She came up with the title because in her experience she has met, for instance, women aged 50 — 70 during breast cancer screenings, who tend to blame their genes, or leave cancer down to fate or luck, without realising how changes in their lifestyle — like managing weight, watching what they eat, how much alcohol they drink and how much they exercise they get, can increase or lessen their risk of getting some of the most common cancers.

“We all have the potential now to live much longer than we have done and my sense is that the quality of life is as important as the length of life, so obviously what we’re interested in, is taking stock of how we are doing and identify first the small changes we can make.

“While there are no promises that can be made to prevent cancer, the message I want to get across is that the odds can be reduced.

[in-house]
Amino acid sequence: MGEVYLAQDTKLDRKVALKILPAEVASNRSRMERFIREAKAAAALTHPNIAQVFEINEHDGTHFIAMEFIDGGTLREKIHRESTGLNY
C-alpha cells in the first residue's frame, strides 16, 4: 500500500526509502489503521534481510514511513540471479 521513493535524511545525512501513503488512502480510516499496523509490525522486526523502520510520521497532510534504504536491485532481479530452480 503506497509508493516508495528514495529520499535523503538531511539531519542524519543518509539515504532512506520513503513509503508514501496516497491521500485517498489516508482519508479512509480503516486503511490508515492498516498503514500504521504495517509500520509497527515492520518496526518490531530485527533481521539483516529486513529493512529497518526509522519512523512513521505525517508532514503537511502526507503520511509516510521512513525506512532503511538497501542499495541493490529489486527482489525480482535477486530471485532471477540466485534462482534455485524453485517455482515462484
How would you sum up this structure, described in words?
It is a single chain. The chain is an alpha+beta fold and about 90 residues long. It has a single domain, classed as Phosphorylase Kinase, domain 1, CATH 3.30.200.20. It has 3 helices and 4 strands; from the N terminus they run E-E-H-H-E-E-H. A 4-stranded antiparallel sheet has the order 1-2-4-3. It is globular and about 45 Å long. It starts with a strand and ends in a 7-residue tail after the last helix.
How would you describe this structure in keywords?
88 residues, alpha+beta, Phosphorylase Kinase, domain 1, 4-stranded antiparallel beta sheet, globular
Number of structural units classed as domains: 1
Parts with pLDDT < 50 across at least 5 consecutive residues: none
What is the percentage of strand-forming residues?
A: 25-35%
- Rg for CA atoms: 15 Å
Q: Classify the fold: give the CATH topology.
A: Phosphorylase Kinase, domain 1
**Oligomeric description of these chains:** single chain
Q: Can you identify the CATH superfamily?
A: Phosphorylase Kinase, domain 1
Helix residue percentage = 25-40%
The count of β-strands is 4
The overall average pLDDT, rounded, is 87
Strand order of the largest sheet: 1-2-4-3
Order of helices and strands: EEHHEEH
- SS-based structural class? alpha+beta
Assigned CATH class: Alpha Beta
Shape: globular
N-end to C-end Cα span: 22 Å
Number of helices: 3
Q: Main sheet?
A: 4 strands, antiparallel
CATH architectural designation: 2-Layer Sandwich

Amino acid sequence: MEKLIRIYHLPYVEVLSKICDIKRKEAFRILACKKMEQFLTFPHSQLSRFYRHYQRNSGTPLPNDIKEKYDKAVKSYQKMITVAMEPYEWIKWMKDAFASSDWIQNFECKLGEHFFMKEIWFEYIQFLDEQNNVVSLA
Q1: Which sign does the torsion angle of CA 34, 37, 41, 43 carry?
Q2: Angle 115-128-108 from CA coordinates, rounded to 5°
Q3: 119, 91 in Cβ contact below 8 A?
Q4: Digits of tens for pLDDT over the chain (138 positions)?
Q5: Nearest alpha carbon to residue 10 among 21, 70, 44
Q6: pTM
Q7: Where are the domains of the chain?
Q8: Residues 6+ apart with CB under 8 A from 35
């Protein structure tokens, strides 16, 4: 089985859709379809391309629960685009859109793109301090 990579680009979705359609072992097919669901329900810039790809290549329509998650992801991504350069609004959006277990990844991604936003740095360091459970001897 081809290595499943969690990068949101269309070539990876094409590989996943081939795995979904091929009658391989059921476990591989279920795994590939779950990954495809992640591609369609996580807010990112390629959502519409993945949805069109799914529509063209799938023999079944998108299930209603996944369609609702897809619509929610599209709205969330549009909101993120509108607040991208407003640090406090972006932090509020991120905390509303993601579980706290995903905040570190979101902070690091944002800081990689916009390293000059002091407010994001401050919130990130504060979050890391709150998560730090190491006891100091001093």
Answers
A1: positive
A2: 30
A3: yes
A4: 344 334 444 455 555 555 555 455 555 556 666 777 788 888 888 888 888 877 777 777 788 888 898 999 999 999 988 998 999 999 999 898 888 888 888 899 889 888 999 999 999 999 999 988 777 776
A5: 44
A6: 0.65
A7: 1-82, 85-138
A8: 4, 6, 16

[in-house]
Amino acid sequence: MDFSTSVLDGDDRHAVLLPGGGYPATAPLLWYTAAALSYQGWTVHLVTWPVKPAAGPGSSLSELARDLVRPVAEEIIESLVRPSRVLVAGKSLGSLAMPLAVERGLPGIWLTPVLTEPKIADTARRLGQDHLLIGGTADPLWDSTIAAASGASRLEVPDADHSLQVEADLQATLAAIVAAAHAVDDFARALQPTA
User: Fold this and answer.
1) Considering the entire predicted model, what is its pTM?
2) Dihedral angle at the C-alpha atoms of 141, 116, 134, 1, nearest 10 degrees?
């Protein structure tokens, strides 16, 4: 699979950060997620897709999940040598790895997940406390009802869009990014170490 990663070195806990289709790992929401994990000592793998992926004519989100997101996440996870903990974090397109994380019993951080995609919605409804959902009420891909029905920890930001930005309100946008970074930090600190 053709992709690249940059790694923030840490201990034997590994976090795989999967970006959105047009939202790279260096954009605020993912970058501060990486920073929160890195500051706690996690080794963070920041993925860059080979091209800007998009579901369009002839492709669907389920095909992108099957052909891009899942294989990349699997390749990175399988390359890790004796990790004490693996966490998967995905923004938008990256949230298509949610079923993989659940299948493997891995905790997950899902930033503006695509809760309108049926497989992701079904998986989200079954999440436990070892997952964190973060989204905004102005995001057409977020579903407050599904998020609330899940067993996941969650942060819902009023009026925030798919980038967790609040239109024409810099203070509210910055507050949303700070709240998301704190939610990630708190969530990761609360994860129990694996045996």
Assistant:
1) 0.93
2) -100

"There is data to show that even for women over 50 if they change their weight they can still reduce the risk of getting breast cancer; even at that stage of life, it’s worthwhile doing. 

"It’s a message that lots of women are unfamiliar with.”

There are 11 cancers that are linked to obesity, both in raising the risks of getting those diseases and in the impact that being overweight has on survivorship.

After smoking, weight management is the biggest modifier of risk for cancer itself, with curbing alcohol intake to no more than one unit of alcohol a day, and being physically active also important, says Anderson.

“We know breast cancer is more likely as we get older but about 30 per cent of breast cancer is due to lifestyle,” she points out.